Engaging in a prolonged act of crawling and bowing for a duration exceeding three hours within the grounds of Tesco’s newly opened store on Cromwell Road, London, in 1996, I sought to demonstrate an expression of deep reverence and devotion. In paying homage to this commercial establishment, primarily associated with the sale of food products, my intention was to shed light on the inherent draw and appeal that such buildings hold for individuals. Additionally, I aimed to emphasize how Tesco’s innovative approach to the shopping experience offers more than just a transactional interaction, but rather a potential pathway to self-discovery and transformative lifestyles.
By willingly committing to the extreme and unconventional act of devoting oneself to the Tesco devotional (TM) experience, I sought to underscore the perceived value and life-altering potential that can arise from immersing oneself in the context of a retail environment. This performance piece aimed to provoke contemplation on the power of consumerism and its ability to shape personal identities and foster profound changes in individuals’ lives.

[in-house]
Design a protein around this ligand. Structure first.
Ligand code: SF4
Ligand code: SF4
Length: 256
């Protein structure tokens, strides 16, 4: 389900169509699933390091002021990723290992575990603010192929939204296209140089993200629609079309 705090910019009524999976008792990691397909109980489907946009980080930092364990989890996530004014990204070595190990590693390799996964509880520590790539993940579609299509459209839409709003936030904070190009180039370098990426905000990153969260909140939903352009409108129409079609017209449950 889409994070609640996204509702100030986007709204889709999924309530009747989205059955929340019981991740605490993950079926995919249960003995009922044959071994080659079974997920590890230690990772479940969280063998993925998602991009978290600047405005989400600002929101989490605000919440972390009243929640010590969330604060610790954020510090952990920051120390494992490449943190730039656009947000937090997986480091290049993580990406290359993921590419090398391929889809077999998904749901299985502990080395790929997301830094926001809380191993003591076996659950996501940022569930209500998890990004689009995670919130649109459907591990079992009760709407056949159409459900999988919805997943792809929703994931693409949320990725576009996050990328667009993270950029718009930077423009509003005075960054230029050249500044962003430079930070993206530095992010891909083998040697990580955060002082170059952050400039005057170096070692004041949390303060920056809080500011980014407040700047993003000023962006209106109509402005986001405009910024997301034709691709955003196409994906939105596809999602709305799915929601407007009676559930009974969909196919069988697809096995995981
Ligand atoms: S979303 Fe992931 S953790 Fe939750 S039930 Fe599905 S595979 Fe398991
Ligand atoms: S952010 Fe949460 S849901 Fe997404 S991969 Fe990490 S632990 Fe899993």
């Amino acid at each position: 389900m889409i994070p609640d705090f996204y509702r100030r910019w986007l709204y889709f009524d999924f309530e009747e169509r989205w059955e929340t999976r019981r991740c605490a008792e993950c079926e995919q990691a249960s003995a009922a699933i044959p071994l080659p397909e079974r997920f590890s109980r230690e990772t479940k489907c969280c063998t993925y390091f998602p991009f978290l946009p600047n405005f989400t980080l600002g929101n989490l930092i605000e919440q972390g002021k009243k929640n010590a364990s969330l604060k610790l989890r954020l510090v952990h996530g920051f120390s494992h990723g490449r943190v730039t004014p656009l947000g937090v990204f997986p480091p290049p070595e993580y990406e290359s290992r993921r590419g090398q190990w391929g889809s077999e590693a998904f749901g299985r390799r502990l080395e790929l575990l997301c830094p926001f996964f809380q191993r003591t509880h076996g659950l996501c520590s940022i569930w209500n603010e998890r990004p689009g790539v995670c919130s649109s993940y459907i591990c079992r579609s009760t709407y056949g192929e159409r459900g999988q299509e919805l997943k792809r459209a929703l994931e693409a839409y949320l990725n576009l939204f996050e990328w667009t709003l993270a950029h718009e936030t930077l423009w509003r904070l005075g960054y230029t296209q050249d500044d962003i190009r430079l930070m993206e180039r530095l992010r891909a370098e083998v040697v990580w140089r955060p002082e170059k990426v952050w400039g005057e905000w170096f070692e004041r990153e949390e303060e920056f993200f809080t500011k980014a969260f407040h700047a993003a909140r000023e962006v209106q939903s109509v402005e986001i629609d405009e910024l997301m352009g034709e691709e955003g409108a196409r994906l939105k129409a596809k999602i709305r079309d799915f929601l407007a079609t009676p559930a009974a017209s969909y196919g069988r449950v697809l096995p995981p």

Through the incorporation of ritualistic actions and the invocation of devotion, the intention was to challenge conventional perspectives and inspire critical engagement with the multifaceted nature of contemporary consumer culture. By venturing into the realm of Tesco’s commercial space with such dedication and commitment, I sought to highlight the complex relationship between individuals, commercial entities, and the transformative possibilities that can arise from retail experiences. Well, until I was told to leave or they would call the police.